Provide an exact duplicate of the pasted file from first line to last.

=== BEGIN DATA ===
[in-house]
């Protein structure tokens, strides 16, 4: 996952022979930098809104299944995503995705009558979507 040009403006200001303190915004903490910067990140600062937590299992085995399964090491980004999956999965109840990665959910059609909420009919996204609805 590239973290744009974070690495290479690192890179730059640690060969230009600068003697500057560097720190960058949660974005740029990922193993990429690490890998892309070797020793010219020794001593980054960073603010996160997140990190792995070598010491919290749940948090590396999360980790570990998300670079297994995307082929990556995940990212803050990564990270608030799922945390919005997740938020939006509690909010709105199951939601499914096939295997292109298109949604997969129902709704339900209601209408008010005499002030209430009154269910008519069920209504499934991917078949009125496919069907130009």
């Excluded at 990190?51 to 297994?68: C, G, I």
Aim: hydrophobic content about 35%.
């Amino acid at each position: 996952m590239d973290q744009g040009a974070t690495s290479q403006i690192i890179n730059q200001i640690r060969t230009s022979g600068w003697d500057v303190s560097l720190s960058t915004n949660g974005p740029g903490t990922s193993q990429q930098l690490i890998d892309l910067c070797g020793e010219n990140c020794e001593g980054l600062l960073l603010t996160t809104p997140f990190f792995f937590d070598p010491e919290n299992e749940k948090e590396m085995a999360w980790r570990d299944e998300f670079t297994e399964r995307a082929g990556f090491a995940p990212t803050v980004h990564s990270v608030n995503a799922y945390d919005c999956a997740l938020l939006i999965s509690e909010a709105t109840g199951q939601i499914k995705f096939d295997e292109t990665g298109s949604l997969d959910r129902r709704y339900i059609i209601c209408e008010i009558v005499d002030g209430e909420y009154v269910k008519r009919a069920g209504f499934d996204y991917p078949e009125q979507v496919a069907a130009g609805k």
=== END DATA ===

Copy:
[in-house]
């Protein structure tokens, strides 16, 4: 996952022979930098809104299944995503995705009558979507 040009403006200001303190915004903490910067990140600062937590299992085995399964090491980004999956999965109840990665959910059609909420009919996204609805 590239973290744009974070690495290479690192890179730059640690060969230009600068003697500057560097720190960058949660974005740029990922193993990429690490890998892309070797020793010219020794001593980054960073603010996160997140990190792995070598010491919290749940948090590396999360980790570990998300670079297994995307082929990556995940990212803050990564990270608030799922945390919005997740938020939006509690909010709105199951939601499914096939295997292109298109949604997969129902709704339900209601209408008010005499002030209430009154269910008519069920209504499934991917078949009125496919069907130009």
């Excluded at 990190?51 to 297994?68: C, G, I």
Aim: hydrophobic content about 35%.
């Amino acid at each position: 996952m590239d973290q744009g040009a974070t690495s290479q403006i690192i890179n730059q200001i640690r060969t230009s022979g600068w003697d500057v303190s560097l720190s960058t915004n949660g974005p740029g903490t990922s193993q990429q930098l690490i890998d892309l910067c070797g020793e010219n990140c020794e001593g980054l600062l960073l603010t996160t809104p997140f990190f792995f937590d070598p010491e919290n299992e749940k948090e590396m085995a999360w980790r570990d299944e998300f670079t297994e399964r995307a082929g990556f090491a995940p990212t803050v980004h990564s990270v608030n995503a799922y945390d919005c999956a997740l938020l939006i999965s509690e909010a709105t109840g199951q939601i499914k995705f096939d295997e292109t990665g298109s949604l997969d959910r129902r709704y339900i059609i209601c209408e008010i009558v005499d002030g209430e909420y009154v269910k008519r009919a069920g209504f499934d996204y991917p078949e009125q979507v496919a069907a130009g609805k």